ABDOMINOPERINEAL RESECTION OR LOW HARTMANN'S PROCEDURE

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Abstract

Aim

To compare patients having low Hartmann's resection (LHP) with abdominoperineal resection (APR) by investigating postoperative complications.

Methods

Retrospective comparative analysis of preoperative state and postoperative course for patients having surgery from 1 January 1997 to 1 July 2001, by the surgeons of the Colorectal Unit, Christchurch Hospital, Christchurch, New Zealand.

Results

Over a 54-month period 65 patients underwent either LHP or APR (29 LHP, 36 APR). The median age/sex (male:female) of patients for LHP was 76 years (51–90 years) (14:15), for APR 72 years (31–93 years) (19:17). The indication for surgery was predominantly cancer (LHP 89.6%, APR 94.4%). There was a high rate of preoperative comorbidities: LHP 75.9% (cardiac 62.1%, pulmonary 17.2%), APR 75% (cardiac 50%, pulmonary 15.9%). Preoperative chemoradiation was used in 10.3% of patients having LHP and 30.6% with APR. There was no difference in postoperative non-septic complications. There was a significant difference in the types of septic complications (P = 0.018), with a higher rate of pelvic abscesses after LHP (5). Perineal wound infection occurred in five patients having APR (14.3%). The median time to heal a perineal wound was 1 month (0.5–7 months). The median length of stay was 13 days for LHP (5–33 days) and 11 days for APR (6–19 days)(P = 0.0266).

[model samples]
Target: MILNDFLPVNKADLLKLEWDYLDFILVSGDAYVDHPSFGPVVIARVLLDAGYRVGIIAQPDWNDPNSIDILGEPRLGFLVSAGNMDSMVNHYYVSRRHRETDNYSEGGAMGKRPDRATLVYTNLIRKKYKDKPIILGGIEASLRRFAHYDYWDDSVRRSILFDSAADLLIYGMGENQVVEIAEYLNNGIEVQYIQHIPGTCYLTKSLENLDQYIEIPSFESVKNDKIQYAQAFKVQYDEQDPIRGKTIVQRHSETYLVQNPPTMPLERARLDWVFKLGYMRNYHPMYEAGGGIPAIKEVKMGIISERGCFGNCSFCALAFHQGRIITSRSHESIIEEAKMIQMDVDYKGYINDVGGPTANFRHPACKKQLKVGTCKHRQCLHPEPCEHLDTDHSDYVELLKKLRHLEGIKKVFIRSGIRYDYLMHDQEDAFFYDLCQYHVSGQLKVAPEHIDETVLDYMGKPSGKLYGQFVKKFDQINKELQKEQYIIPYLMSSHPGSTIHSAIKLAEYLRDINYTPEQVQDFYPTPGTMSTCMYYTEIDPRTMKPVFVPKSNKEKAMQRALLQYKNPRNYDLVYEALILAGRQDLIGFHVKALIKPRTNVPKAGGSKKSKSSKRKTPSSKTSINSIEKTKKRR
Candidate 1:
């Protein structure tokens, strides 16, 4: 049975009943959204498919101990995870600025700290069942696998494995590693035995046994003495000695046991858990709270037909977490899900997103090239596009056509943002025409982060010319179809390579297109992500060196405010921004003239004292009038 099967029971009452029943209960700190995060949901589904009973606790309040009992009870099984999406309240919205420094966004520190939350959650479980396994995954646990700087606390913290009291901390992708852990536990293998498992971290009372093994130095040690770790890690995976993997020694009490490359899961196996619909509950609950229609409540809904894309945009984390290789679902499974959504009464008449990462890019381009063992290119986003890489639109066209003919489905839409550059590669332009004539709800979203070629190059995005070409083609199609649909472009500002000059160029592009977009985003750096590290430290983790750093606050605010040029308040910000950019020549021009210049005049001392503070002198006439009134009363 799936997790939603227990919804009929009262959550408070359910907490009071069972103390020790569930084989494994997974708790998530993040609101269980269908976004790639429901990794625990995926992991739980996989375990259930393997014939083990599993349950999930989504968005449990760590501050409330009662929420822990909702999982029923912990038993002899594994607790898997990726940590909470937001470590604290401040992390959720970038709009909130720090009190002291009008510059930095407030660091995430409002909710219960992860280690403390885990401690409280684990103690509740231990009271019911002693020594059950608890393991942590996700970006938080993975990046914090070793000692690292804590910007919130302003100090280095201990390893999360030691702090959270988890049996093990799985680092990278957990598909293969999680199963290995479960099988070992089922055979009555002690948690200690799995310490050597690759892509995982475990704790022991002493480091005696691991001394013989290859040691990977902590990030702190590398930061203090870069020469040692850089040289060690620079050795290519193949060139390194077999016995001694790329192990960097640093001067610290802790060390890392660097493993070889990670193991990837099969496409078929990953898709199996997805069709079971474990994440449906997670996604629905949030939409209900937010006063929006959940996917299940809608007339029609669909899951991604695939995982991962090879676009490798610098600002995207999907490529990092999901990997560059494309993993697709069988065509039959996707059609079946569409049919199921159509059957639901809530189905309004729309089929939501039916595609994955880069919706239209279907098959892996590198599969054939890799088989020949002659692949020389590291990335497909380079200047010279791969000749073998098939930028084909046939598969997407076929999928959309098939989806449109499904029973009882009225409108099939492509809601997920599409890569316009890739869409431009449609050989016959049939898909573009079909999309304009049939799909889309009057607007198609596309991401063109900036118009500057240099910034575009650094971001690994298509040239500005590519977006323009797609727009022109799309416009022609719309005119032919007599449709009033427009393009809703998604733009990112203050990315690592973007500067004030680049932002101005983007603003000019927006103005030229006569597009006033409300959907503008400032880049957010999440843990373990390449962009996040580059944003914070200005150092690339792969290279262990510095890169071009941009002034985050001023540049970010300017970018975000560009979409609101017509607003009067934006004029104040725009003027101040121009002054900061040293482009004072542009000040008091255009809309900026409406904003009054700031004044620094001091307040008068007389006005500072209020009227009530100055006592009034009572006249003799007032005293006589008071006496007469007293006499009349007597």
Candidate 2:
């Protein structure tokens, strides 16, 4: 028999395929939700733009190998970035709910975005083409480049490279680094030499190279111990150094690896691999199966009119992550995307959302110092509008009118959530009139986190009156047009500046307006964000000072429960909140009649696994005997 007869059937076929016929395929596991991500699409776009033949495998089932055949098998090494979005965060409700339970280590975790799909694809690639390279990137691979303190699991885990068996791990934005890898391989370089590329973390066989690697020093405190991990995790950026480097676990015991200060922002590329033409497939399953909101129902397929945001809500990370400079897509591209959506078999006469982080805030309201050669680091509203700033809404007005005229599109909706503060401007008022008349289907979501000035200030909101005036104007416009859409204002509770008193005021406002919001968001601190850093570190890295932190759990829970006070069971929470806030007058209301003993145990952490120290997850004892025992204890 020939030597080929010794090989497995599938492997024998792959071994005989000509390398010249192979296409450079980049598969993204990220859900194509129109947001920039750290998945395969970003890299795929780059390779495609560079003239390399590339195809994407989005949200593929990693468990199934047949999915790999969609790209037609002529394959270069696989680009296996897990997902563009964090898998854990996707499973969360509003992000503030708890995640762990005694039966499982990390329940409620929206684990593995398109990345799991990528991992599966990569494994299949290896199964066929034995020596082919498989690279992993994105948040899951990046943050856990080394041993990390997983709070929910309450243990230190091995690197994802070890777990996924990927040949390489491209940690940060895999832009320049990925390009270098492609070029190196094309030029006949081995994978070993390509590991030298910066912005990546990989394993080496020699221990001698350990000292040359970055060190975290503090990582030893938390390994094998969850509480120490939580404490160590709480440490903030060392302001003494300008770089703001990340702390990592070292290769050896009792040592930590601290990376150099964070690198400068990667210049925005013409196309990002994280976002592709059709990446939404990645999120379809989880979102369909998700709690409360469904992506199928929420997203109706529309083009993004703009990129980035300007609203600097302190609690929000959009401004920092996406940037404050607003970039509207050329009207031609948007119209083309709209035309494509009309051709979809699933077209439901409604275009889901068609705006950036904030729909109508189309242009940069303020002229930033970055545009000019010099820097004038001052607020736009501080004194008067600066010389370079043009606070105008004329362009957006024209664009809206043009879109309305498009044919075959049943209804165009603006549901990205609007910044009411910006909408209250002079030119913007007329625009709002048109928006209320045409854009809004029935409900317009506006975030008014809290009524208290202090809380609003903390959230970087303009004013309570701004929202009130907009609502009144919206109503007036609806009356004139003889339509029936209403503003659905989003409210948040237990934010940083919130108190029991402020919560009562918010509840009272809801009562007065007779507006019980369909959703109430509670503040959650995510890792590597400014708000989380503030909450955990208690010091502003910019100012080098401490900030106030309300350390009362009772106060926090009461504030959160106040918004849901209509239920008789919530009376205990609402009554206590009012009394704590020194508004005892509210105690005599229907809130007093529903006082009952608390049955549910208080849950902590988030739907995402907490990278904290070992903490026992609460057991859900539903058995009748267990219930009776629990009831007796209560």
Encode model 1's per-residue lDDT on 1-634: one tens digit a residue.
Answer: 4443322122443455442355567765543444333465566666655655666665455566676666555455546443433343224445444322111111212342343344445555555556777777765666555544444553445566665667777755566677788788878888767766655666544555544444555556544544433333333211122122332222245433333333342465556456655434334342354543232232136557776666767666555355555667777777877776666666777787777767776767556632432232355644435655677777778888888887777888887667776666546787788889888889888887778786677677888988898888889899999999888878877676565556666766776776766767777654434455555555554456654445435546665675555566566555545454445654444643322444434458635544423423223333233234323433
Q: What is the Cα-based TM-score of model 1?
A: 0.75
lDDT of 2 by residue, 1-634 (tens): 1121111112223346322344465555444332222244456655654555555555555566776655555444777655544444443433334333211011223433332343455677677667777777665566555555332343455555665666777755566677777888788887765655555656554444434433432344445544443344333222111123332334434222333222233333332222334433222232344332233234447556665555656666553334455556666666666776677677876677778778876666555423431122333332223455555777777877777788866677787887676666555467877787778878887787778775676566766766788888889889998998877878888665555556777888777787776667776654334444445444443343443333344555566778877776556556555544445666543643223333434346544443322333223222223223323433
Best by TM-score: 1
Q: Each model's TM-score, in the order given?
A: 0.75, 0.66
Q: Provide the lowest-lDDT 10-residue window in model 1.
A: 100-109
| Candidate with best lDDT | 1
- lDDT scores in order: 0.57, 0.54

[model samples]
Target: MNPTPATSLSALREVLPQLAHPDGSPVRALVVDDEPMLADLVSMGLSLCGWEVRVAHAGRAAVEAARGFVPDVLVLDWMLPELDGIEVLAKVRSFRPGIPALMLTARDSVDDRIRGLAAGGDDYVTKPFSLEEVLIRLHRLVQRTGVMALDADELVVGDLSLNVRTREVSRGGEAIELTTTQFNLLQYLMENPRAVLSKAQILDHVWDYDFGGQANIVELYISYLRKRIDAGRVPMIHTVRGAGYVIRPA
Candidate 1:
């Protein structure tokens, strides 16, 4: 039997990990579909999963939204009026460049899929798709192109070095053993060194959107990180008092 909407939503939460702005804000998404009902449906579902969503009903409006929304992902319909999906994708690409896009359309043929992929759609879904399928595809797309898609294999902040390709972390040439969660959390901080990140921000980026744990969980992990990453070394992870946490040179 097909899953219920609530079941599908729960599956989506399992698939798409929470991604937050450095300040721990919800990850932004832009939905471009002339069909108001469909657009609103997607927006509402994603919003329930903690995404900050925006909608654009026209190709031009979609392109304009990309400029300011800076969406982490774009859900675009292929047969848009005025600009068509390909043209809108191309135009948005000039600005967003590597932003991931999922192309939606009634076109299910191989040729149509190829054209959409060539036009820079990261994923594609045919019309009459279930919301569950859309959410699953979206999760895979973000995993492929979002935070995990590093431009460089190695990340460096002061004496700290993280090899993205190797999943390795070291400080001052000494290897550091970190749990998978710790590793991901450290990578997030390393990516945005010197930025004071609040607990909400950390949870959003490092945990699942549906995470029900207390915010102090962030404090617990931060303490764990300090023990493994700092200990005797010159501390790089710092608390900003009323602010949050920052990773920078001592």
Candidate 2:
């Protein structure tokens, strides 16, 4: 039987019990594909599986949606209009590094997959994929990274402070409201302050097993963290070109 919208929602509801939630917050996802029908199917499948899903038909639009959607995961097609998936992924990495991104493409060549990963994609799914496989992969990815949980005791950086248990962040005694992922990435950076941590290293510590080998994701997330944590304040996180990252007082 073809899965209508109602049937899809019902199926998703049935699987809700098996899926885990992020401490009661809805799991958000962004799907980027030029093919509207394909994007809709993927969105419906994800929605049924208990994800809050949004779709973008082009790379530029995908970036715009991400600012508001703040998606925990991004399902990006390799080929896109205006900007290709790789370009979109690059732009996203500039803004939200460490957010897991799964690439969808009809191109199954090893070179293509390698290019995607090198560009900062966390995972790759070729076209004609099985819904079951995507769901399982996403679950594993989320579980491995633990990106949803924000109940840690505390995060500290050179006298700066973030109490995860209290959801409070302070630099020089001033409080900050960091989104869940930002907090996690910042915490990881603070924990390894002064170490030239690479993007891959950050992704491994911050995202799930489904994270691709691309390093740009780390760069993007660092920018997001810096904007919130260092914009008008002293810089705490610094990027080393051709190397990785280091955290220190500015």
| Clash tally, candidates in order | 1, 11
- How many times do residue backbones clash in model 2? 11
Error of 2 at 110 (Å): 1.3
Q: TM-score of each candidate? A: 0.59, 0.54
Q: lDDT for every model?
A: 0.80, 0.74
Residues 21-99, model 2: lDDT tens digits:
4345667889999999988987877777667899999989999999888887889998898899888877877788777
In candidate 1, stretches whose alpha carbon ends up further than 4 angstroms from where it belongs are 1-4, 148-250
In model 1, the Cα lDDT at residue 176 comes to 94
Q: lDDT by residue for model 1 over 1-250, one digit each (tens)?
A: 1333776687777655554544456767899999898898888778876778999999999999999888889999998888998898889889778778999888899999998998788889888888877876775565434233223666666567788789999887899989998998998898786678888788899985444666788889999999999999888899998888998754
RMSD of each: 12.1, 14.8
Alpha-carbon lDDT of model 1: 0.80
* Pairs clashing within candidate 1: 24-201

Conclusion

This non-randomized, retrospective, cohort study shows a surprisingly high rate of pelvic abscesses after LHP compared with APR. Perineal wound healing was a problem after APR, but less of a management problem than the septic complications after LHP. Both LHP and APR might be associated with significant morbidity. A high pelvic abscess rate following LHP is associated with a high likelihood of further surgical intervention and a prolonged length of stay.

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